SCOTT COUNTY GOVERNMENT
PAST TO PRESENT
Settlement first began in what became Scott County around 1833. Soon after towns sprang up along the Mississippi River. By 1836 the first survey of public land in Iowa was called for, and by March of 1837 the Scott County area had been completely surveyed. The territorial governor required this survey prior to the organization of the county.
Subsequently, Scott County was established by an act of the territorial legislature of Wisconsin in December 1837. The new county was named in honor of General Winfield Scott (pictured here), who was the presiding officer at the signing of the peace treaty ending the Black Hawk War.
1838 was a year of organization for Scott County. The first election of county officers was held on third Monday in February. B. F. Pike, A. W. Campbell, and Alfred Carter were selected as County Commissioners and John Shelleras the County Recorder. In October, Major Frazer Wilson was appointed Sheriff. He served both Scott and Rock Island Counties. St. Anthony's Church in Davenport hosted the first Scott County District Court that same year. The first session lasted three days, and the juries met in an available room on the nearby property of George L. Davenport.
The voters of Scott County were also responsible for choosing the county seat in the election of 1838. Rockingham and the newly incorporated city of Davenport were the competitors. After Davenport had seemingly won, cries of fraud were raised following the election, so another election was held in August. This time Davenport, Rockingham and Winfield were the competitors. Davenport, however, offered more land, buildings and cash donations than the other two towns and eventually won by default. Davenport is one of the few cities that has maintained its original Charter City designation, meaning it was a city before Iowa became a state.
Iowa became the 29th state of the United States on December 28, 1846.
Antoine LeClaire, an early settler of the county, donated the square of land the Scott County Courthouse stands on today. If the county ever abandons the site, the property would revert to the heirs of Antoine LeClaire. The first courthouse was erected on this land during 1840-41 and served for 45 years.
The period from 1845 to 1880 saw changes and additions to the structure of Scott County government. One of the major changes was in the structure of the governing board. From 1838 until 1850 county commissioners were elected on an annual basis. By 1861, the name Board of Supervisors had been mandated, with 14 supervisors from throughout the county representing the citizens. In 1870 the structure changed again, and only three board supervisors were elected countywide. In 1874, the membership of the Board of Supervisors increased to its present five officials. Other governmental activities during this period included the elections of the first County Treasurer and County Auditor, in 1843 and 1869 respectively. Scott County's first prosecuting attorney was elected in 1847. Judge Henry H. Benson was elected the initial circuit court judge in 1868. Township lines were organized in 1846, and the first permanent fire company was established in 1856.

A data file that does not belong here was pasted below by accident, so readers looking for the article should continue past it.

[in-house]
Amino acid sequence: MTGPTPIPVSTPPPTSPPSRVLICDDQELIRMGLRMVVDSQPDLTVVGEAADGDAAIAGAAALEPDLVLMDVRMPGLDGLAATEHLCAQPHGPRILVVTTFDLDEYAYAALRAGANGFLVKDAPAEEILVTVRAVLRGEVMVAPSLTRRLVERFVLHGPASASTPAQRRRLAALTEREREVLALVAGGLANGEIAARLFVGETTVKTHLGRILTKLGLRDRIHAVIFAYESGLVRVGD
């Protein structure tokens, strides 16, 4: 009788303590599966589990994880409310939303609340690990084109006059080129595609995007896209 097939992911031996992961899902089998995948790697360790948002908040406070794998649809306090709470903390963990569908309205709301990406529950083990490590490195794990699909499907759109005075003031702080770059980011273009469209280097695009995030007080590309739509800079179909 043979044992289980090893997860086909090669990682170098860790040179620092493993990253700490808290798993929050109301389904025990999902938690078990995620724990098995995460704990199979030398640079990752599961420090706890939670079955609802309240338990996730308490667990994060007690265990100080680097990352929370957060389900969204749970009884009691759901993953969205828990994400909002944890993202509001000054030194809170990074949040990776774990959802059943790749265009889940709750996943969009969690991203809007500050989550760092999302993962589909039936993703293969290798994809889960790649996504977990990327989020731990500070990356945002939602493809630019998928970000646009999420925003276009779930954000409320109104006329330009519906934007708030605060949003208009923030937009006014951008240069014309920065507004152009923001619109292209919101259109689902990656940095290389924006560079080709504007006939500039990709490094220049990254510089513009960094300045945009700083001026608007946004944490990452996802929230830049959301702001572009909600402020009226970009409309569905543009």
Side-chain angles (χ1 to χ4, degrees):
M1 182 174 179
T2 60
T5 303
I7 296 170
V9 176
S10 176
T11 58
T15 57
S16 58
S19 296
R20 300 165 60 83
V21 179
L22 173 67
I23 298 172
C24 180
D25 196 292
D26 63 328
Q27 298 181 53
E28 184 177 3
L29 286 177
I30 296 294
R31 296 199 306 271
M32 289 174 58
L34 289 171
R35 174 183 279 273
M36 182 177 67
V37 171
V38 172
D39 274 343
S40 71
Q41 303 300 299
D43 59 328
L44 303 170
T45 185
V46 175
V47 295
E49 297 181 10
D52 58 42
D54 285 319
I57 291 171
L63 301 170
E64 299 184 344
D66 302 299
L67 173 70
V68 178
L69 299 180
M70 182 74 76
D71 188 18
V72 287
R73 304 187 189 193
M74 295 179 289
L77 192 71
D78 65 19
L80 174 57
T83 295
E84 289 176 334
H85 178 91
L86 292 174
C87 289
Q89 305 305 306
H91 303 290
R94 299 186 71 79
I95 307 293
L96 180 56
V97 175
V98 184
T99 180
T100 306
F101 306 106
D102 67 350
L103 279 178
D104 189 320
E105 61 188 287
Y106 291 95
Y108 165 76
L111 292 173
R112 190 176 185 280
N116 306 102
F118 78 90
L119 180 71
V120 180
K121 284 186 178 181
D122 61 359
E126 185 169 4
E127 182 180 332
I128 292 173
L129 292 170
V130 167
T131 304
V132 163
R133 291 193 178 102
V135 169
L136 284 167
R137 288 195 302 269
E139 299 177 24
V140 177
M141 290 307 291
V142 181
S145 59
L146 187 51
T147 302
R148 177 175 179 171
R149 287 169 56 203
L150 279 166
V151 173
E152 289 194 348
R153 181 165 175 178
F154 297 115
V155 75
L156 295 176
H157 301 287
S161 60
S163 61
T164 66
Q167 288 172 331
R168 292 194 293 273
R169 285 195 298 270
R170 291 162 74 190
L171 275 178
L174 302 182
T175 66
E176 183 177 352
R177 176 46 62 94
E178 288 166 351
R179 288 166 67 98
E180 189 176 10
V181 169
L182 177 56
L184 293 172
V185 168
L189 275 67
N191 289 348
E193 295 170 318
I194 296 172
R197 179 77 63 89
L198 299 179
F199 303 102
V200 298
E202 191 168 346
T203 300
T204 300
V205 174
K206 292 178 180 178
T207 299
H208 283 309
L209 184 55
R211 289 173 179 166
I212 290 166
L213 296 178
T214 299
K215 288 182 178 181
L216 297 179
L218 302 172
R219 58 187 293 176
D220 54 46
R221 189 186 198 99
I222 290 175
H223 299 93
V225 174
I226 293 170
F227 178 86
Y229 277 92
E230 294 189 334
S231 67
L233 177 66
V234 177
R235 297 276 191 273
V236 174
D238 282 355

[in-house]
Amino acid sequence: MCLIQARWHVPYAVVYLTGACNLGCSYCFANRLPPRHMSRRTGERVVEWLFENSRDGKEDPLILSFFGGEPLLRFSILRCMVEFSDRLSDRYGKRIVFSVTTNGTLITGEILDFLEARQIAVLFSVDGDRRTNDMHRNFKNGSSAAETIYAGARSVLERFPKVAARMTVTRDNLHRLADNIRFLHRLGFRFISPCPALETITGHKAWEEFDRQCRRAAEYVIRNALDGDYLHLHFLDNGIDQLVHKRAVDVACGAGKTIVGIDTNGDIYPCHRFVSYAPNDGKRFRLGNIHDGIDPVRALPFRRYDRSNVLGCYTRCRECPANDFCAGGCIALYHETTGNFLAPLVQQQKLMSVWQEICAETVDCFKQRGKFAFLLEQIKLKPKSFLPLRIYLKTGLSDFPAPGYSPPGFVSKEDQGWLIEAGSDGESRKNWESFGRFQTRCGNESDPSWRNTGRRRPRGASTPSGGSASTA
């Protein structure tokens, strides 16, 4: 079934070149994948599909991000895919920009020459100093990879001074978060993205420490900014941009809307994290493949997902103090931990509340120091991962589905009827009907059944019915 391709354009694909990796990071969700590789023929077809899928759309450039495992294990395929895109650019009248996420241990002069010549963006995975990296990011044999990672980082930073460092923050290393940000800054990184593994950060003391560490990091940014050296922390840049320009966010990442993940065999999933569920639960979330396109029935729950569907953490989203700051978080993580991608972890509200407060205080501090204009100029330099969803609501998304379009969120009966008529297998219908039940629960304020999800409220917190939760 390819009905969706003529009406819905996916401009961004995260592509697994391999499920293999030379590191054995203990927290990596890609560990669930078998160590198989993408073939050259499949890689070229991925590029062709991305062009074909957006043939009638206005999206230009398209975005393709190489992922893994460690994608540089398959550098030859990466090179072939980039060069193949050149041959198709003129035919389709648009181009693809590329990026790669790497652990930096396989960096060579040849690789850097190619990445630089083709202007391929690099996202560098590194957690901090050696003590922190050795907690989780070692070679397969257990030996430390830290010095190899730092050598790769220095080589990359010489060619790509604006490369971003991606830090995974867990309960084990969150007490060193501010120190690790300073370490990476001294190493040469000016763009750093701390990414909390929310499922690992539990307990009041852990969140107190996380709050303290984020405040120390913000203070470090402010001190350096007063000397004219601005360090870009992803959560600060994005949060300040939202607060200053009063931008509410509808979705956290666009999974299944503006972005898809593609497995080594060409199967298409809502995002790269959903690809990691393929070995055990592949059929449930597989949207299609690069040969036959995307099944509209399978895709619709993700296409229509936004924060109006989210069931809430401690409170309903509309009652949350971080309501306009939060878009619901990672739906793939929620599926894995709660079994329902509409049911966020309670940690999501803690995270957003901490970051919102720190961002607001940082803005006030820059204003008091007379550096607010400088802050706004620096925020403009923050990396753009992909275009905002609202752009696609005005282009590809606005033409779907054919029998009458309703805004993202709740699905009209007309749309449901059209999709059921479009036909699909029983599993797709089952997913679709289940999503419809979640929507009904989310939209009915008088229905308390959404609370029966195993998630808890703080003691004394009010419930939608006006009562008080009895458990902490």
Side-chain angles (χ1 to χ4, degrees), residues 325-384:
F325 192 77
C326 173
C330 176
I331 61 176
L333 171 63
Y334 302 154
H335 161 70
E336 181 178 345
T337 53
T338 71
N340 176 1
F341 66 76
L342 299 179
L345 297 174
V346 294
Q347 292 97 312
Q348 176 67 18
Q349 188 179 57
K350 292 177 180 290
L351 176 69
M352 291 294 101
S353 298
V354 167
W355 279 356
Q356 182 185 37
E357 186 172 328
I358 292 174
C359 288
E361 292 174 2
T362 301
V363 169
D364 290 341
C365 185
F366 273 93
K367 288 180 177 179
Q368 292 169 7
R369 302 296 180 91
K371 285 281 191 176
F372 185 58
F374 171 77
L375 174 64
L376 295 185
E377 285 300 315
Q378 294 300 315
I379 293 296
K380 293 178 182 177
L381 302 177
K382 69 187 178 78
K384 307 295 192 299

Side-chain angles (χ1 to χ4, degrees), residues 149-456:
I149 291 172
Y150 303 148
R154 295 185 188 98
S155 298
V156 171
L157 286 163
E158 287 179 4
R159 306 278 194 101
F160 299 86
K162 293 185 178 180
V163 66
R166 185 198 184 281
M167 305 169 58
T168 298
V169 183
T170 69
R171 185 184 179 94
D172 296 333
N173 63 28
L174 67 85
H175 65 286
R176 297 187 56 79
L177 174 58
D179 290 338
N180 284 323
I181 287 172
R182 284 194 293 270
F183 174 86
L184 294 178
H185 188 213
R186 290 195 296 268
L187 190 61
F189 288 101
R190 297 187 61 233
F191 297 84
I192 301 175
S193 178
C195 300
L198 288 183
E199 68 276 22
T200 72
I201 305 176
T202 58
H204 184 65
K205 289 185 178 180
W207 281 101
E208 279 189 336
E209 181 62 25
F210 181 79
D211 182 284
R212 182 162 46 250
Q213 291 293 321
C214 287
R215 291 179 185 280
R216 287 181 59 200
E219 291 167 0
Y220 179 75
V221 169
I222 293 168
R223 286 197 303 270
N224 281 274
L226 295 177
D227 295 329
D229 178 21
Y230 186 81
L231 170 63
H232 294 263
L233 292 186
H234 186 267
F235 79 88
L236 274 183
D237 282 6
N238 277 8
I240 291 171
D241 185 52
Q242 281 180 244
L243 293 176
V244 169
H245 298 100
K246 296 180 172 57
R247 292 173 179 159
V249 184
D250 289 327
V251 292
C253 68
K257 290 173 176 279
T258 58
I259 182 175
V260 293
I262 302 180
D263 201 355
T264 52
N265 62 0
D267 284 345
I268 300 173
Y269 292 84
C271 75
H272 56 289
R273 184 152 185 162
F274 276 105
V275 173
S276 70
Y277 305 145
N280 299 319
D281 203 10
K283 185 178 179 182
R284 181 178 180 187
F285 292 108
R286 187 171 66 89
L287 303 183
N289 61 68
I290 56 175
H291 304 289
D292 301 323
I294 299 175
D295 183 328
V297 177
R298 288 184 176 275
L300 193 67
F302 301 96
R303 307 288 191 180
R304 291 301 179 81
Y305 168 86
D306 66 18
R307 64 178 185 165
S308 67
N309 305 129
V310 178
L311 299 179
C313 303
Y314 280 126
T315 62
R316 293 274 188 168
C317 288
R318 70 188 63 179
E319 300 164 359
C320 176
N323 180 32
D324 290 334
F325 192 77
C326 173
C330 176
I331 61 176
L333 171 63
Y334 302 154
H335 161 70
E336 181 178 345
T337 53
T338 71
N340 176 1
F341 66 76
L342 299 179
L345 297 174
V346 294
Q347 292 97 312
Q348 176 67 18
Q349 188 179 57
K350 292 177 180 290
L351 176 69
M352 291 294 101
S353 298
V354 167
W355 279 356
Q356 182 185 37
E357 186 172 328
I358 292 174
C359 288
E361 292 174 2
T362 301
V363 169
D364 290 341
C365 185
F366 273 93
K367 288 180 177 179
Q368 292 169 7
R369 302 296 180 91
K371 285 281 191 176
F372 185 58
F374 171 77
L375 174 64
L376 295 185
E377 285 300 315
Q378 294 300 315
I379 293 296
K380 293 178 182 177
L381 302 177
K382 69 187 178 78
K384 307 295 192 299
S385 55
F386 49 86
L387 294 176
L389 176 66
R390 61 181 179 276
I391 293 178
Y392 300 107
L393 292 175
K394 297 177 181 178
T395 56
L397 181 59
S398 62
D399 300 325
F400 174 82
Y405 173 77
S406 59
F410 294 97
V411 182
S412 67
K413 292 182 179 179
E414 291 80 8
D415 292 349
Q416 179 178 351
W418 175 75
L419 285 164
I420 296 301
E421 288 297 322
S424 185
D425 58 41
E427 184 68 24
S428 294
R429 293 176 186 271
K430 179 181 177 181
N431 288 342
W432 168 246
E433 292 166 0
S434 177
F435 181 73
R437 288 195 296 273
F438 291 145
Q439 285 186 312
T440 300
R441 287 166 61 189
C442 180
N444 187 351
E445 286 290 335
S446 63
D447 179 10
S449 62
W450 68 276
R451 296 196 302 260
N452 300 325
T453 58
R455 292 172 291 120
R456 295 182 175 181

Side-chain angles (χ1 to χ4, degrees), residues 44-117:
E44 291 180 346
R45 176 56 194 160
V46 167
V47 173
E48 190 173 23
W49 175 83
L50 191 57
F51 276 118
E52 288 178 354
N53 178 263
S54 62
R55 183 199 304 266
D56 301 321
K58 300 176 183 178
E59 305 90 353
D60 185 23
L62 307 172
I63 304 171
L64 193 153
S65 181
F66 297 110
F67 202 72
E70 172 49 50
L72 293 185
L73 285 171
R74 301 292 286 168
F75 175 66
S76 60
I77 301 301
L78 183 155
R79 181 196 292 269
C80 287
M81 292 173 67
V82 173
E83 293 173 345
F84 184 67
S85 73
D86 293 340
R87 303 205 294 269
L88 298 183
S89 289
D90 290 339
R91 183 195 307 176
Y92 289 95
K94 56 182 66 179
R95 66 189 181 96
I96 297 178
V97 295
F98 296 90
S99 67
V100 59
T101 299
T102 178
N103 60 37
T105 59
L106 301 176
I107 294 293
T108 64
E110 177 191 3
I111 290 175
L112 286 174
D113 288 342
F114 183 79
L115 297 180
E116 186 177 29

With added elected officials and increased county responsibilities, the first Courthouse was declared inadequate, so a second courthouse was erected in 1886 for a cost of $125,000. This Courthouse was magnificent architecturally, but poor structurally. Cracks were evident from settling even before plastering began. The Courthouse was slowly sinking into the sandy soil, and continued to even after the huge dome was removed. After enduring severely cracked walls, termites, and dangerously slanting steps, the Board of Supervisors commissioned the demolition of the second courthouse on March 22, 1955. The second courthouse had served through a period of phenomenal growth for Scott County as it moved into the twentieth century.
Population figures grew from 51,500 in 1900 to over 100,000 by 1950. In conjunction with this population growth, citizen services also increased. In 1949 the county under took zoning responsibilities, and in 1956 the Conservation Board was formed. By the 1960's the Conservation Board had created the Scott County Park System for citizen use. Another important service, the Scott County Library, started up in 1950. Health and Community Services' responsibilities also increased greatly during this time. The growing functions of the county made adequate facilities a necessity, so from 1955 to 1980 the county undertook physical expansion projects. In 1955 the Board of Supervisors authorized construction for the present aluminum-clad Scott County Courthouse. The annex was remodeled in 1973, and the Bi-Centennial Building was renovated for county use in 1976. In 1980, the people passed the Jail Referendum for physical improvements in the county jails, which was first erected in 1897.
Only recently have there been dramatic changes in the actual governing of the county. In 1979 an administrative form of government was adopted, and the Board of Supervisors hired a county administrator. Subsequently, staff and departments have grown in efficiency and capacity to serve citizens. In 1978 the County Home Rule Bill was enacted, granting all powers to counties consistent with state laws and not specifically prohibited by the Iowa General Assembly. County Home Rule broadened the powers of the Board of Supervisors to lead the 160,000 people of Scott County to greater prosperity and growth.
Rivers on three sides bind Scott County. The Wapsipinicon is on the North and the Mississippi is on the East and South. There tends to be some disorientation by persons visiting Scott County, because the majority of the Mississippi, which is a north to south river, actually runs east to west in most of Scott County.